Literary Agents

Literary Agents, almost every author who has published their stories in a publishing house has one. But what are Literary agents anyway? what do you they do?

 

In pursuing the traditional publishing ways, many writers believe that upon finishing their book, they can immediately send it out to publishers in order to get an offer for publishing their book. In a long run yes that it is true however there are still steps that a writer needs to take if they would like to be published in an international publisher.

When a writer is finished their story, it is called a first draft. This first draft is the version that almost is never published (with a new exceptions of course such as Q&A by Vikas Swarup which went on to become the movie Slum dog Millionaire). Writers need to go through their first draft at least once more, read it from a reader’s perspective which results in many writers tend to change a lot in their novel, producing a much better version of their story. This revision period varies on the author and how much change is going to be made to the first draft.

So now he can approach the publishing houses? Not yet, the writer will need to get an agent first

What is an agent? 

“A literary agent (often synonymous with “publishing agent”) is an agent who represents writers and their written works to publishers, theatrical producers and film producers and assists in the sale and deal negotiation of the same. Literary agents most often represent novelists, screenwriters and major non-fiction writers. They are paid a fixed percentage (ten to twenty percent; fifteen percent is usual) of the proceeds of sales they negotiate on behalf of their clients.” Source: Wikipedia.org

So why do writers need agents?

The majority of the big publishing houses won’t even look at a manuscript without it being represented by an agent. This is one of the many advantages of having an agent, with an agent a writers chances of having their work seen by publisher is higher than those without one.

A knowledgeable agent knows the market, and can be a source of valuable career advice and guidance towards an author. Plus they handle all the boring stuff while the writer can focus on writing the next book

To get an agent, writers need reach out to agents and tell them what their book is about; agents usually require a summary of your story and maybe the first couple of chapters. If it catches an agent’s interest he would write back to the writer stating his interest of seeing more of the novel which is great progress to get signed with an agent.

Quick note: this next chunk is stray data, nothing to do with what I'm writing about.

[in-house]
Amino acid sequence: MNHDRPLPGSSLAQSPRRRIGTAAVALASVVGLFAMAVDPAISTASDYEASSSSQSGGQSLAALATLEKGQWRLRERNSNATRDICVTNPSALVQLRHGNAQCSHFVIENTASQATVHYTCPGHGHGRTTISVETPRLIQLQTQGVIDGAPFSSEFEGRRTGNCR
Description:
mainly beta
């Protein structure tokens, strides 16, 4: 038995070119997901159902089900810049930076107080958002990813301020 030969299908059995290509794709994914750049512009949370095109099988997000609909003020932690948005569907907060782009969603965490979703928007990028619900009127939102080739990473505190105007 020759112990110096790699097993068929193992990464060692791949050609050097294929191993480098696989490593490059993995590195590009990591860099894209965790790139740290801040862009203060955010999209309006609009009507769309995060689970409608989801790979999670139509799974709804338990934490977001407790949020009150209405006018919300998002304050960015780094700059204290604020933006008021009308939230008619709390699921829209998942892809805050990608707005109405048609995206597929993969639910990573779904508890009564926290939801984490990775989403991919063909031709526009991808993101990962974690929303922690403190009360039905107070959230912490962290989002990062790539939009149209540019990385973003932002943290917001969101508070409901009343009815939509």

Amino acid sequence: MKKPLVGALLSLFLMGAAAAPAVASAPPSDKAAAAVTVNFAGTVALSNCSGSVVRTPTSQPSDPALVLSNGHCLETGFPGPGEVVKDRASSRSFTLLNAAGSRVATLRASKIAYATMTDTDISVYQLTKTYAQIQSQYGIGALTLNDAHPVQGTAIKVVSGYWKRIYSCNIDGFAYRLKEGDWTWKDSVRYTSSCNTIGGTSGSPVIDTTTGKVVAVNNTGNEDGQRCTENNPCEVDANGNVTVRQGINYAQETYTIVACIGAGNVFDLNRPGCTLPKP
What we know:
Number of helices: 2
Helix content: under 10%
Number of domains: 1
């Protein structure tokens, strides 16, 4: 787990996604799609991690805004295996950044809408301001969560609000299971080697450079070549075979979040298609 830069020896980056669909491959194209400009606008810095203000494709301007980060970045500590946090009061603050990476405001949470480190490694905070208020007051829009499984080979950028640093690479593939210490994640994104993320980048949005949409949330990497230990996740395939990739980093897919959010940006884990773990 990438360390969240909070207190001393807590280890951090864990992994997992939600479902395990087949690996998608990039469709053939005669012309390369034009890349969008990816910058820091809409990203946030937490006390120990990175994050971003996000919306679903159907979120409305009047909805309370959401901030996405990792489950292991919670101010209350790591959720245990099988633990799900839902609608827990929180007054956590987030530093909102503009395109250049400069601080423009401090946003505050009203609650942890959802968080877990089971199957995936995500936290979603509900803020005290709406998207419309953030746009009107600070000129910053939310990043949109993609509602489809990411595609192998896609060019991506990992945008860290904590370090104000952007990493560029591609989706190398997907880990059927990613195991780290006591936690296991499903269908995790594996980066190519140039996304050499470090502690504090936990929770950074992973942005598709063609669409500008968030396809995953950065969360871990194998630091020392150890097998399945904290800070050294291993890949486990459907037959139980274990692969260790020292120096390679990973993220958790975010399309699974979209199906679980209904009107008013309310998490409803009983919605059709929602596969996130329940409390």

Writers should make sure to be able to find the right agent for them, who preferably is in love with your book.

The good thing about agents is that they only get paid when you get paid, which means that the dedication that agents have towards the authors that they choose to sign with is high and it is their job to get you published with they want to get paid by the publisher.

After a writer gets an agent, a few more revisions and changes are subjected into the novel which are basically recommendations and comments that the agent has after reading the writer’s whole novel. These comments are made to further improve the novel and therefore writers will need to be prepared to make some changes to their plots and characters, something not a lot of writers like to do but it is unavoidable.

Once both the writer and the agent are happy with the finished work, and then the polished version of the novel gets sent to the publisher by the agent.

Then the waiting starts for both the writer and the agent.

A warning to all writers: you have to be cautious and very careful on who you send your novel to, there are a lot of ‘agents’ who are con artists and fake people on the web who claim to be agents but are actually story stealing / money leaching vampires. So don’t send your work out to just about anyone who claims to be an agent.

The team will be posting a new blog on how to spot a legitimate agent from a fake one so stay tuned for that. We will also be posting some links as to where can one find agents like these; the internet is a vast world where you can find your agent to represent you.

– Untitled Chapters Team

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